NEW YORK (CBSNewYork) — Mayor Mike Bloomberg’s popularity has hit a sinkhole. His job approval rating is the lowest it has been in six years.
So why is it that many New Yorkers currently don’t like Mike?
Talk about taking the plunge. The mayor’s job approval rating is continuing a dizzying downward spiral that has seen fewer and fewer New Yorkers support him as the years go on.
“I do think he’s starting to suffer from that thing that happens to [people] who have been in power for a long time, which is he starts to think he’s infallible and he can’t make a mistake and so he does make mistakes,” Upper West Side resident Dan Oreskes told CBS 2’s Marcia Kramer on Wednesday.
WCBS 880’s Marla Diamond On The Curse
The mayor’s popularity has fallen 9 points since last October. In the intervening months there has been the blizzard debacle that left the streets unplowed for days; the disastrous hiring and firing of Schools Chancellor Cathie Black and a difficult economy that has forced service cuts.
In the summer of 2008 the mayor’s approval rating was 67 percent, according to a New York Times/CBS poll. It fell to 60 percent in 2009, 54 percent in 2010 and it is now at 45 percent.
To some it’s the arrogance of being Mike.
“I would compare him as a better hairstyle than Donald Trump,” one man said.
“I don’t think he has the touch on people who actually make this city run, you know?” added Stephanie Miller of Washington Heights.
“He’s the non-populist mayor who told people not to smoke, not to take salt and to exercise at the same time; having Cathie Black; the blizzard and the garbage dump in his third term, so you put that together and what do you come up with? Bloomberg fatigue,” political consultant Hank Sheinkopf said.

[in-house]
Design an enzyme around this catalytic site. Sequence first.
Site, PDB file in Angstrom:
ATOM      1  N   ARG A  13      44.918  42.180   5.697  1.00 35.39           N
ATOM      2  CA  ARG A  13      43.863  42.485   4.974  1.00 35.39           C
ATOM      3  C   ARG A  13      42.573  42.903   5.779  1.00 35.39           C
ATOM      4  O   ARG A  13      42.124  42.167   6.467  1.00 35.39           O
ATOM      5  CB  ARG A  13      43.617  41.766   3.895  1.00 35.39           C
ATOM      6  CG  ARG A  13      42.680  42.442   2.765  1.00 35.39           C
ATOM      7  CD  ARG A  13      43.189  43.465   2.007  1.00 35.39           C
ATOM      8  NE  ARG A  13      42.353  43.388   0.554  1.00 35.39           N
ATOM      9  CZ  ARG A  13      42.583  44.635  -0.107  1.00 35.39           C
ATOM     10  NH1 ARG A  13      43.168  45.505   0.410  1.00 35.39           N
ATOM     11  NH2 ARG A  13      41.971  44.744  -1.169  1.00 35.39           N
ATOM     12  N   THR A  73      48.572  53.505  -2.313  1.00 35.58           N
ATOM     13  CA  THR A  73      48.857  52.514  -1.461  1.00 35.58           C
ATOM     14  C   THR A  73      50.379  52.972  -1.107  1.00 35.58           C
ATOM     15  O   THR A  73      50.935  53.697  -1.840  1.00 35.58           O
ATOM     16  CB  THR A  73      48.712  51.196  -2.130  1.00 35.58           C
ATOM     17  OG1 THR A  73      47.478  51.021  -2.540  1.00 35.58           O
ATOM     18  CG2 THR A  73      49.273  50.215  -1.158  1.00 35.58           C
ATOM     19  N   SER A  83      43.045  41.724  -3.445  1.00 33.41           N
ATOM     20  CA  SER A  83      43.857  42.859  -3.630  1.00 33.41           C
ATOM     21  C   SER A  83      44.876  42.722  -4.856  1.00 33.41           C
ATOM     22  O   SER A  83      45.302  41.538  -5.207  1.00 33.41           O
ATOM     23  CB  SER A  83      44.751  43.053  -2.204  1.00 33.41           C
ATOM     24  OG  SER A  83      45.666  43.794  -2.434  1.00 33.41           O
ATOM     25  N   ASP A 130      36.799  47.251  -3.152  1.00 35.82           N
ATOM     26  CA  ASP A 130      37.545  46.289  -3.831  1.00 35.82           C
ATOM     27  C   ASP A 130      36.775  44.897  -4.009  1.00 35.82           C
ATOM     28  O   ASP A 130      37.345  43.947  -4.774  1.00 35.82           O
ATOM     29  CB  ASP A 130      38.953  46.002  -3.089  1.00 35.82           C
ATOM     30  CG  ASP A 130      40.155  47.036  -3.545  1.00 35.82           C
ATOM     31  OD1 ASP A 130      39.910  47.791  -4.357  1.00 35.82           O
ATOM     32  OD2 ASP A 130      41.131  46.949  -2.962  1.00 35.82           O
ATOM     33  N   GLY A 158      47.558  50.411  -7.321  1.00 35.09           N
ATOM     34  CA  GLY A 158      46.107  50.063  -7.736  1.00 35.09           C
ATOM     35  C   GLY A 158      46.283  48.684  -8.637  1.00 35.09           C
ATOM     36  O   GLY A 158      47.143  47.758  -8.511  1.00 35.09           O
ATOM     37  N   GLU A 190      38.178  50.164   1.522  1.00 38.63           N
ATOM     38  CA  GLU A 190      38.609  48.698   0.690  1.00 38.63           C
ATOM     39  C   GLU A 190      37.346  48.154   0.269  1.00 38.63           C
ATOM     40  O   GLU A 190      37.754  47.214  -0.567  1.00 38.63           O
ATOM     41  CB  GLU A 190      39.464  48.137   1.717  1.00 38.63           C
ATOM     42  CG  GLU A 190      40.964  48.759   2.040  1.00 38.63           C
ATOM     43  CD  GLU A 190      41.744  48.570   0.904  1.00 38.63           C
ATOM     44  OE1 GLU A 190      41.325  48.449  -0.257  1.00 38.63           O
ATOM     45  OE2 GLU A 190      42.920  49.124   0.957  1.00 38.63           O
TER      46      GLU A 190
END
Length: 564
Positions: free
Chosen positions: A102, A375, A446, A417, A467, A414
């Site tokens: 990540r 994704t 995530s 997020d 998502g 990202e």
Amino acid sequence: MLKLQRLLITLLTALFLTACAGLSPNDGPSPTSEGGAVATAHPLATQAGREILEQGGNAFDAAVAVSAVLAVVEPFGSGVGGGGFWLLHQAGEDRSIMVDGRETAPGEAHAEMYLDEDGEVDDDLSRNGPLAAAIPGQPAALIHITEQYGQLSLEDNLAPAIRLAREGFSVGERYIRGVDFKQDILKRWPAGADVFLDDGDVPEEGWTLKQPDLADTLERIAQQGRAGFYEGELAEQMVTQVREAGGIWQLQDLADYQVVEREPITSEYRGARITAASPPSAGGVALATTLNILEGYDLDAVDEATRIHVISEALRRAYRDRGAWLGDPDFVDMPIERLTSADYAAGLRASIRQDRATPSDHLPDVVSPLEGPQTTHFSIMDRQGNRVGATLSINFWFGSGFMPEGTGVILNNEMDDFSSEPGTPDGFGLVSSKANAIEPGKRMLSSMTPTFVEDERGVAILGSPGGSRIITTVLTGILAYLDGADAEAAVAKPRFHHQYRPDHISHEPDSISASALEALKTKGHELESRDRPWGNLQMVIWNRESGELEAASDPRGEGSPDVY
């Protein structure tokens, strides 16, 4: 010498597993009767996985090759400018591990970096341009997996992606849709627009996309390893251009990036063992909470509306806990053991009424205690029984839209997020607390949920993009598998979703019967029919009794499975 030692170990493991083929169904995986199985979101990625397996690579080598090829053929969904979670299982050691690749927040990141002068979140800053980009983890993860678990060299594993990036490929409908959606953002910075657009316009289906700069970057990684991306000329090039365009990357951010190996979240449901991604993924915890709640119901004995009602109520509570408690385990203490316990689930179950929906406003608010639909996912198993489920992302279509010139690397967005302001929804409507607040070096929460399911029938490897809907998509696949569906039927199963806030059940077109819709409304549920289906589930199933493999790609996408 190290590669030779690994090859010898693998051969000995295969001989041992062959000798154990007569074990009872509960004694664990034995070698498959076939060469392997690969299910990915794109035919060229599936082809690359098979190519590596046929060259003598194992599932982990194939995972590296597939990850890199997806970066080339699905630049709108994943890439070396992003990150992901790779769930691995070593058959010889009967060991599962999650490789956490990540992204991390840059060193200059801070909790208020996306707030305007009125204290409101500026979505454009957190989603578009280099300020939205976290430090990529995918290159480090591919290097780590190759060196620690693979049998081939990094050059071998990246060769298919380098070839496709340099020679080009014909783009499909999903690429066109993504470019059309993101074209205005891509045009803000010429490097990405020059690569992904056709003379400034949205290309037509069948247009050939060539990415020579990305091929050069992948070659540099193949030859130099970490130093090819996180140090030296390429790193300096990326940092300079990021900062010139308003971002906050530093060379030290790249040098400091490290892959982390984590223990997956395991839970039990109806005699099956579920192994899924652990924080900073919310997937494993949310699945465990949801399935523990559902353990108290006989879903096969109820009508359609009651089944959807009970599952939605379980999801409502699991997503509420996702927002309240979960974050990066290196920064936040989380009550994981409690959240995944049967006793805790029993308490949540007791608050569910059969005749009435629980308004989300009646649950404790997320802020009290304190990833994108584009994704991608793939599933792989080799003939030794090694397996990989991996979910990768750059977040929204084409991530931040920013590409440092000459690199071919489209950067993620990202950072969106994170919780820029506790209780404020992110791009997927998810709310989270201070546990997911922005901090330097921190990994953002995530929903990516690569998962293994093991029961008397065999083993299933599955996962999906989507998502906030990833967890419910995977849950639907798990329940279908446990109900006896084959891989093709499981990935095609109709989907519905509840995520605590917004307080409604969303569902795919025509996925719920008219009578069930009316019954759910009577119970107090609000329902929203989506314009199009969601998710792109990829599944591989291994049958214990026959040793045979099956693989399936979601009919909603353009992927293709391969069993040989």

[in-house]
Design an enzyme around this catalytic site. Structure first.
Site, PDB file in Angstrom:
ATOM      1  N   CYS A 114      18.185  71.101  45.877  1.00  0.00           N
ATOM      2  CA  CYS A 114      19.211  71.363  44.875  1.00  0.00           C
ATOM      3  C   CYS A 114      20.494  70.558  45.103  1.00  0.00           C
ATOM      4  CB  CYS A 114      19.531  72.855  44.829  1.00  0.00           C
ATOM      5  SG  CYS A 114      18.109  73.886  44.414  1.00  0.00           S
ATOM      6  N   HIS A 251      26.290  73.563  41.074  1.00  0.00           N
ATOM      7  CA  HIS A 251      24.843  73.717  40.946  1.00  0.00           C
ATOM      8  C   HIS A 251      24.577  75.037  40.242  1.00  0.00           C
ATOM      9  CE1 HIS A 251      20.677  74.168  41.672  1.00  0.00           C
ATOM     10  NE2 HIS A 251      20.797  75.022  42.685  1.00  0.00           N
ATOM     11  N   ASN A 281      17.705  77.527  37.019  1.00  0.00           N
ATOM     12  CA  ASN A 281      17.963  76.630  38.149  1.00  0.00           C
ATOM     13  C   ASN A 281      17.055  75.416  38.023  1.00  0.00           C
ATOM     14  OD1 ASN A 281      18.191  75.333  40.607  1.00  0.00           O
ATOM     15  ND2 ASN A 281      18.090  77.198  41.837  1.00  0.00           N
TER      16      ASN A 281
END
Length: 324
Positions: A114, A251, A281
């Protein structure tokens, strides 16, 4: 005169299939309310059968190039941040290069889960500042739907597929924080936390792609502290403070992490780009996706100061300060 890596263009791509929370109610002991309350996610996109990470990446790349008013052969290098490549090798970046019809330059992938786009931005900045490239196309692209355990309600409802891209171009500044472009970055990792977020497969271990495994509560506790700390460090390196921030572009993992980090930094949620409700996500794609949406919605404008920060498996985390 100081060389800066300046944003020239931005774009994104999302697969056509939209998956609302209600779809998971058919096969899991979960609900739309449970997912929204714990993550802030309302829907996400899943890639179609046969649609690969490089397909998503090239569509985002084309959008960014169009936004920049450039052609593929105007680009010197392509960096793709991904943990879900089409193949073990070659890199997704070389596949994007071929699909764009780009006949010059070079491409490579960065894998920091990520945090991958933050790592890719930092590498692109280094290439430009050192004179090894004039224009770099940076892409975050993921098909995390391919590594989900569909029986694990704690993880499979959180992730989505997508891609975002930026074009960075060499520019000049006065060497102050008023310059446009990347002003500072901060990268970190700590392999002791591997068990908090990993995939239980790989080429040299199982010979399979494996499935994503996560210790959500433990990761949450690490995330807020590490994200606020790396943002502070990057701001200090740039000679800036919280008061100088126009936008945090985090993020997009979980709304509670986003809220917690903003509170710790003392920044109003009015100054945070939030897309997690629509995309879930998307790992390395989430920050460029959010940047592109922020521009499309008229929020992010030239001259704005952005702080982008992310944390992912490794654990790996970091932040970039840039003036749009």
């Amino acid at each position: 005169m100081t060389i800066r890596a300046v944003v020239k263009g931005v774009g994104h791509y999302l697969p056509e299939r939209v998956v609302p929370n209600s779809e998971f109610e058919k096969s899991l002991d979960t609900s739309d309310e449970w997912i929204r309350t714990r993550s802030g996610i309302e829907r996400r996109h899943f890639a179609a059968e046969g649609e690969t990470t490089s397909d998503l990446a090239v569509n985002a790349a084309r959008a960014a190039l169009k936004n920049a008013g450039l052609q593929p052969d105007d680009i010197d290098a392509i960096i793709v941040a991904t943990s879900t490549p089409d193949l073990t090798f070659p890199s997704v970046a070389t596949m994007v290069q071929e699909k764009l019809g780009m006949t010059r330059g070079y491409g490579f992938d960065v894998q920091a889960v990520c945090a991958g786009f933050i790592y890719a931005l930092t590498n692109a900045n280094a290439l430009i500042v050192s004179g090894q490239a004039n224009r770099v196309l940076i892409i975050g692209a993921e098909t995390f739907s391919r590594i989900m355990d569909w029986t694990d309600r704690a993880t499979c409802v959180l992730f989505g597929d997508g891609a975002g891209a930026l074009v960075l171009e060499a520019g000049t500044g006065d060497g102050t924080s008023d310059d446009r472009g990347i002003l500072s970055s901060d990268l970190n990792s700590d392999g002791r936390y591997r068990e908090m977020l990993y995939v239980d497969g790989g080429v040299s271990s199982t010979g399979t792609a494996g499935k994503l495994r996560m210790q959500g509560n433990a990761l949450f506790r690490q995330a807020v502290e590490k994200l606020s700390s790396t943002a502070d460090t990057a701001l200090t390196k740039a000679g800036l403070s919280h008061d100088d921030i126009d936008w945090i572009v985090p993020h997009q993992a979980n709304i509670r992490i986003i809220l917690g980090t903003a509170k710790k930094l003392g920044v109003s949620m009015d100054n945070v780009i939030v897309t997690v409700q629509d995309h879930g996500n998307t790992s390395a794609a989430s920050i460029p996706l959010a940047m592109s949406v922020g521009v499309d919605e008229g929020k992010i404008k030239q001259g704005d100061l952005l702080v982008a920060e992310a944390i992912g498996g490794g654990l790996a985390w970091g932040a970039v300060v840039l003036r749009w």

Greg David, contributor to Crain’s New York Business and director of the business reporting program at the CUNY graduate school, told WCBS 880’s Marla Diamond Bloomberg is suffering through the curse of the third-term mayor.
“It’s almost like he didn’t look at the history books when he decided to run again, or you know, he decided that he was above the history books, because third terms in New York have been disastrous for everybody who has had one,” he says. “Remember that mayor said that he was going to steer the city through the tough times of the financial crisis when he decided to run for reelection and people don’t feel like things are that good.”
Although some are clearly tired of Mayor Bloomberg, he’s not at the low point of his popularity by any means. Believe it or not in the summer of 2003 just 24 percent of New Yorkers thought he was doing a good job.
The mayor’s spokesman said that despite a failing economy the mayor is making headway by keeping crime down, helping to create jobs and improving student test scores.
The mayor may be unpopular, but he is getting support from purse-tightening New Yorkers for one of his pet projects – bringing a Walmart to the five boroughs.
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